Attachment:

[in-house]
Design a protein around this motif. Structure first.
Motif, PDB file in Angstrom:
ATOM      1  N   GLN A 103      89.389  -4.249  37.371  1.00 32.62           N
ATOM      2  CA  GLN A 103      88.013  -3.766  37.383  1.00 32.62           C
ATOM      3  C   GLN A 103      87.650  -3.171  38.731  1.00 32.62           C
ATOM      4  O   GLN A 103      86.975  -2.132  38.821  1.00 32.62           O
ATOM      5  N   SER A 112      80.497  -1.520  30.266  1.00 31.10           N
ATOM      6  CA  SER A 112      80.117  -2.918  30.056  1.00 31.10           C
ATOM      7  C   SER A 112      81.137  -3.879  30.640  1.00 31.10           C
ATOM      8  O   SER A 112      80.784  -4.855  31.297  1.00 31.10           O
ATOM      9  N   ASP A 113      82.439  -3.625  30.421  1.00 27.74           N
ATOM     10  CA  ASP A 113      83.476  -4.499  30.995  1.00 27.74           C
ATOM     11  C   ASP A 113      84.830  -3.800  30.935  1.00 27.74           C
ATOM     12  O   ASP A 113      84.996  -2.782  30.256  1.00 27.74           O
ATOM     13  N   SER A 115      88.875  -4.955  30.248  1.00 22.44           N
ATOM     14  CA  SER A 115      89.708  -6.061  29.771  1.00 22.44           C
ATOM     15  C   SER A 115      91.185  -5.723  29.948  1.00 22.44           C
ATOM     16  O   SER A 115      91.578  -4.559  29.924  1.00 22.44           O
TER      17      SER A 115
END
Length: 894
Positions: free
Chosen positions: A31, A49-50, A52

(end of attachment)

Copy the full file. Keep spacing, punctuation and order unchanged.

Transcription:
[in-house]
Design a protein around this motif. Structure first.
Motif, PDB file in Angstrom:
ATOM      1  N   GLN A 103      89.389  -4.249  37.371  1.00 32.62           N
ATOM      2  CA  GLN A 103      88.013  -3.766  37.383  1.00 32.62           C
ATOM      3  C   GLN A 103      87.650  -3.171  38.731  1.00 32.62           C
ATOM      4  O   GLN A 103      86.975  -2.132  38.821  1.00 32.62           O
ATOM      5  N   SER A 112      80.497  -1.520  30.266  1.00 31.10           N
ATOM      6  CA  SER A 112      80.117  -2.918  30.056  1.00 31.10           C
ATOM      7  C   SER A 112      81.137  -3.879  30.640  1.00 31.10           C
ATOM      8  O   SER A 112      80.784  -4.855  31.297  1.00 31.10           O
ATOM      9  N   ASP A 113      82.439  -3.625  30.421  1.00 27.74           N
ATOM     10  CA  ASP A 113      83.476  -4.499  30.995  1.00 27.74           C
ATOM     11  C   ASP A 113      84.830  -3.800  30.935  1.00 27.74           C
ATOM     12  O   ASP A 113      84.996  -2.782  30.256  1.00 27.74           O
ATOM     13  N   SER A 115      88.875  -4.955  30.248  1.00 22.44           N
ATOM     14  CA  SER A 115      89.708  -6.061  29.771  1.00 22.44           C
ATOM     15  C   SER A 115      91.185  -5.723  29.948  1.00 22.44           C
ATOM     16  O   SER A 115      91.578  -4.559  29.924  1.00 22.44           O
TER      17      SER A 115
END
Length: 894
Positions: free
Chosen positions: A31, A49-50, A52